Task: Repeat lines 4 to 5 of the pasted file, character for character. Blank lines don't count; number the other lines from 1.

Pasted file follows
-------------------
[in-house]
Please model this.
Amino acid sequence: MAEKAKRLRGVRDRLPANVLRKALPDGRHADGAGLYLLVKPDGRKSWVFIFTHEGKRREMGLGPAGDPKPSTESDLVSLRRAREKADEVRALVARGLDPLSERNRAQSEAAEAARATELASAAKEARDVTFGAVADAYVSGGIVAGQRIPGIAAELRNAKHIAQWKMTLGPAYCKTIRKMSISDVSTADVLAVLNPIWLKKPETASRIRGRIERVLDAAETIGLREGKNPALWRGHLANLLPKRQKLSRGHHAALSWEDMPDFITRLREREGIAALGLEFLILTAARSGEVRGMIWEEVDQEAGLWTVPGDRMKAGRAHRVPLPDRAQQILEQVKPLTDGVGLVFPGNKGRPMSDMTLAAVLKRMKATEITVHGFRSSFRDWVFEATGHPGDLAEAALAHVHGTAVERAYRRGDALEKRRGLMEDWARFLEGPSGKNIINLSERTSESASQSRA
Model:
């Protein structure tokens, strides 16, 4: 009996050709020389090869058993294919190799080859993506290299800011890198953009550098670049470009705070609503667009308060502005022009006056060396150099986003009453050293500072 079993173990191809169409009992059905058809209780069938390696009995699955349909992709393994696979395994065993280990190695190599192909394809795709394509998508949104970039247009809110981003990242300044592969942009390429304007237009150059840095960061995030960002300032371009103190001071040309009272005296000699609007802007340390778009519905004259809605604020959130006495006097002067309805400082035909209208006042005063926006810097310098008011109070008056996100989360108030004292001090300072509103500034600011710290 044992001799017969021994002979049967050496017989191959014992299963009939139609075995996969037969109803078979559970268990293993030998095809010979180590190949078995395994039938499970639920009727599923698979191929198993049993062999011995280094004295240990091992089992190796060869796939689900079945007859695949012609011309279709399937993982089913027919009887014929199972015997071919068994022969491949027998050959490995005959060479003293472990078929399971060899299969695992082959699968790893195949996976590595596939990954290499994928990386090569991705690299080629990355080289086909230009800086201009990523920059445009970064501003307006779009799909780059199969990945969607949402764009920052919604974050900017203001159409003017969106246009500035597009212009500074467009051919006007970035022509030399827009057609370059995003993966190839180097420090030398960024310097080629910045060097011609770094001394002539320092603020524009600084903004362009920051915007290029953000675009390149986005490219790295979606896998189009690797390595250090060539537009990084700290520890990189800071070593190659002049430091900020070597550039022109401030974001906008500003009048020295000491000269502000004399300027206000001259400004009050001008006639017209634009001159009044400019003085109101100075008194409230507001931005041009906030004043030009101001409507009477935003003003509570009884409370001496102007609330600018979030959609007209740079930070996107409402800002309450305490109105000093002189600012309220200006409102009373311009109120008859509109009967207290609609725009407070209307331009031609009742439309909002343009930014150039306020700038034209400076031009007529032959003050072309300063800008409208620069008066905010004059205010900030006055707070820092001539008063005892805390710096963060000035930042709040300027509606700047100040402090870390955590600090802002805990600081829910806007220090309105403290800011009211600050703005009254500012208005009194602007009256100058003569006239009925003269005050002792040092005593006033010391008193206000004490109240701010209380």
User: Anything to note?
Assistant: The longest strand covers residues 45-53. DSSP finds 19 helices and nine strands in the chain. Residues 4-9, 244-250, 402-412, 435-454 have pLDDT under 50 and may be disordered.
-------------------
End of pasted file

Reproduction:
Model:
């Protein structure tokens, strides 16, 4: 009996050709020389090869058993294919190799080859993506290299800011890198953009550098670049470009705070609503667009308060502005022009006056060396150099986003009453050293500072 079993173990191809169409009992059905058809209780069938390696009995699955349909992709393994696979395994065993280990190695190599192909394809795709394509998508949104970039247009809110981003990242300044592969942009390429304007237009150059840095960061995030960002300032371009103190001071040309009272005296000699609007802007340390778009519905004259809605604020959130006495006097002067309805400082035909209208006042005063926006810097310098008011109070008056996100989360108030004292001090300072509103500034600011710290 044992001799017969021994002979049967050496017989191959014992299963009939139609075995996969037969109803078979559970268990293993030998095809010979180590190949078995395994039938499970639920009727599923698979191929198993049993062999011995280094004295240990091992089992190796060869796939689900079945007859695949012609011309279709399937993982089913027919009887014929199972015997071919068994022969491949027998050959490995005959060479003293472990078929399971060899299969695992082959699968790893195949996976590595596939990954290499994928990386090569991705690299080629990355080289086909230009800086201009990523920059445009970064501003307006779009799909780059199969990945969607949402764009920052919604974050900017203001159409003017969106246009500035597009212009500074467009051919006007970035022509030399827009057609370059995003993966190839180097420090030398960024310097080629910045060097011609770094001394002539320092603020524009600084903004362009920051915007290029953000675009390149986005490219790295979606896998189009690797390595250090060539537009990084700290520890990189800071070593190659002049430091900020070597550039022109401030974001906008500003009048020295000491000269502000004399300027206000001259400004009050001008006639017209634009001159009044400019003085109101100075008194409230507001931005041009906030004043030009101001409507009477935003003003509570009884409370001496102007609330600018979030959609007209740079930070996107409402800002309450305490109105000093002189600012309220200006409102009373311009109120008859509109009967207290609609725009407070209307331009031609009742439309909002343009930014150039306020700038034209400076031009007529032959003050072309300063800008409208620069008066905010004059205010900030006055707070820092001539008063005892805390710096963060000035930042709040300027509606700047100040402090870390955590600090802002805990600081829910806007220090309105403290800011009211600050703005009254500012208005009194602007009256100058003569006239009925003269005050002792040092005593006033010391008193206000004490109240701010209380």